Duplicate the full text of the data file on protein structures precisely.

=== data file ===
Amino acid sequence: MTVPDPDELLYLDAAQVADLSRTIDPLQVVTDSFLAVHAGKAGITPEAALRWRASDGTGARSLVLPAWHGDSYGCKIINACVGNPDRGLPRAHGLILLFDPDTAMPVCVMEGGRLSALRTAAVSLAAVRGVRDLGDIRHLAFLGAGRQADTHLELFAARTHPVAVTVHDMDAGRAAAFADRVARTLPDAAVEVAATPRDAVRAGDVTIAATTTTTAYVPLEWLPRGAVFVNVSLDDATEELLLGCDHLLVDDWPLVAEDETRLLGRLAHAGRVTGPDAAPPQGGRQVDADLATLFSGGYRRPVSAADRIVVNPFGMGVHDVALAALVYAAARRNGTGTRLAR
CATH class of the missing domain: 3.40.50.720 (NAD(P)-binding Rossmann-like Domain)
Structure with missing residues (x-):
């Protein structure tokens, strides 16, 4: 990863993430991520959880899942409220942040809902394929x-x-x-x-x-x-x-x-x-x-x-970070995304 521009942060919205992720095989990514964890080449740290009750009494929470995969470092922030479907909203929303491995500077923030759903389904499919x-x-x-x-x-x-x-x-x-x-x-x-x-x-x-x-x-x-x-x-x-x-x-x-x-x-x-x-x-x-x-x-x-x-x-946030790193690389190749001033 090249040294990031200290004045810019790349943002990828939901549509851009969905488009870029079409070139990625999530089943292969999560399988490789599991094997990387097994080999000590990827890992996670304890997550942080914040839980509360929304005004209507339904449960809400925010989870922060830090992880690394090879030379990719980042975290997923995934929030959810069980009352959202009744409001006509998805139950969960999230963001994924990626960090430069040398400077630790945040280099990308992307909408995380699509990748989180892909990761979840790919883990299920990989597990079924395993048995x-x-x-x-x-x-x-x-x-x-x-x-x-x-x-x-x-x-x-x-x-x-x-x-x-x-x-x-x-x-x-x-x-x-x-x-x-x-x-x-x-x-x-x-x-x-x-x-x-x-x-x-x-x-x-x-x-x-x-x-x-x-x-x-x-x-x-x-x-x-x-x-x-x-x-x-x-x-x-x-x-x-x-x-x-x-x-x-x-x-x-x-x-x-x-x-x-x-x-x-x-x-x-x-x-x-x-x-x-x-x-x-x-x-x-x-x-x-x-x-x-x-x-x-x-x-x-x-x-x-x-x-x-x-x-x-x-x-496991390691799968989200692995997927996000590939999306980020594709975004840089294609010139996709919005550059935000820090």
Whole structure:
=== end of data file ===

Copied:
Amino acid sequence: MTVPDPDELLYLDAAQVADLSRTIDPLQVVTDSFLAVHAGKAGITPEAALRWRASDGTGARSLVLPAWHGDSYGCKIINACVGNPDRGLPRAHGLILLFDPDTAMPVCVMEGGRLSALRTAAVSLAAVRGVRDLGDIRHLAFLGAGRQADTHLELFAARTHPVAVTVHDMDAGRAAAFADRVARTLPDAAVEVAATPRDAVRAGDVTIAATTTTTAYVPLEWLPRGAVFVNVSLDDATEELLLGCDHLLVDDWPLVAEDETRLLGRLAHAGRVTGPDAAPPQGGRQVDADLATLFSGGYRRPVSAADRIVVNPFGMGVHDVALAALVYAAARRNGTGTRLAR
CATH class of the missing domain: 3.40.50.720 (NAD(P)-binding Rossmann-like Domain)
Structure with missing residues (x-):
């Protein structure tokens, strides 16, 4: 990863993430991520959880899942409220942040809902394929x-x-x-x-x-x-x-x-x-x-x-970070995304 521009942060919205992720095989990514964890080449740290009750009494929470995969470092922030479907909203929303491995500077923030759903389904499919x-x-x-x-x-x-x-x-x-x-x-x-x-x-x-x-x-x-x-x-x-x-x-x-x-x-x-x-x-x-x-x-x-x-x-946030790193690389190749001033 090249040294990031200290004045810019790349943002990828939901549509851009969905488009870029079409070139990625999530089943292969999560399988490789599991094997990387097994080999000590990827890992996670304890997550942080914040839980509360929304005004209507339904449960809400925010989870922060830090992880690394090879030379990719980042975290997923995934929030959810069980009352959202009744409001006509998805139950969960999230963001994924990626960090430069040398400077630790945040280099990308992307909408995380699509990748989180892909990761979840790919883990299920990989597990079924395993048995x-x-x-x-x-x-x-x-x-x-x-x-x-x-x-x-x-x-x-x-x-x-x-x-x-x-x-x-x-x-x-x-x-x-x-x-x-x-x-x-x-x-x-x-x-x-x-x-x-x-x-x-x-x-x-x-x-x-x-x-x-x-x-x-x-x-x-x-x-x-x-x-x-x-x-x-x-x-x-x-x-x-x-x-x-x-x-x-x-x-x-x-x-x-x-x-x-x-x-x-x-x-x-x-x-x-x-x-x-x-x-x-x-x-x-x-x-x-x-x-x-x-x-x-x-x-x-x-x-x-x-x-x-x-x-x-x-x-496991390691799968989200692995997927996000590939999306980020594709975004840089294609010139996709919005550059935000820090």
Whole structure: